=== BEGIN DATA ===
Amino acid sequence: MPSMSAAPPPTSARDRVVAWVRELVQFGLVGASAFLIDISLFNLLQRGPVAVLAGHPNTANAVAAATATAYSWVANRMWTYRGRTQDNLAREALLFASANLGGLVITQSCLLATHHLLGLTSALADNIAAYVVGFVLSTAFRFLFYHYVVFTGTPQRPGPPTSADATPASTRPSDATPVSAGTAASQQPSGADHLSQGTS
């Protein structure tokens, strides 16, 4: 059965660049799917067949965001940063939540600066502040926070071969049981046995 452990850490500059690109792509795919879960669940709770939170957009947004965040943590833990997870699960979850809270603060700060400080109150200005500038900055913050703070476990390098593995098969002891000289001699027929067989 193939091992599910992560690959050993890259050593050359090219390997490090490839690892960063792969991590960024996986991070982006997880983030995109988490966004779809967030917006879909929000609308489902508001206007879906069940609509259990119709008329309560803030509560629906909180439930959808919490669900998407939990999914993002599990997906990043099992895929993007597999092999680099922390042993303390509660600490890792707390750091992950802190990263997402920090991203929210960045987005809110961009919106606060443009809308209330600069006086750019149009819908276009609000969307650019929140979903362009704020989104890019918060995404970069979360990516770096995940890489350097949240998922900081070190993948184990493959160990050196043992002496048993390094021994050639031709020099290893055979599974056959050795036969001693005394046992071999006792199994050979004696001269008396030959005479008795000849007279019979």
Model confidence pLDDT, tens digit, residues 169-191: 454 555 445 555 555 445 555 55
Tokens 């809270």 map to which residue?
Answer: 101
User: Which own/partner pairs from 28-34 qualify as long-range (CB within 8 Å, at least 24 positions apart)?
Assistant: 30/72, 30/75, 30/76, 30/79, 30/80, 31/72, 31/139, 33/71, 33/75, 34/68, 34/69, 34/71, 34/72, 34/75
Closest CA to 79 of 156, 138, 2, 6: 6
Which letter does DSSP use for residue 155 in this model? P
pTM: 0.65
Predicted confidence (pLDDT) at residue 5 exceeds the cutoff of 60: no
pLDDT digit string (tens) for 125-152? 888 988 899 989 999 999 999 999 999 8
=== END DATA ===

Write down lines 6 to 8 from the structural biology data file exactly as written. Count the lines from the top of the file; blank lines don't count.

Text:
User: Which own/partner pairs from 28-34 qualify as long-range (CB within 8 Å, at least 24 positions apart)?
Assistant: 30/72, 30/75, 30/76, 30/79, 30/80, 31/72, 31/139, 33/71, 33/75, 34/68, 34/69, 34/71, 34/72, 34/75
Closest CA to 79 of 156, 138, 2, 6: 6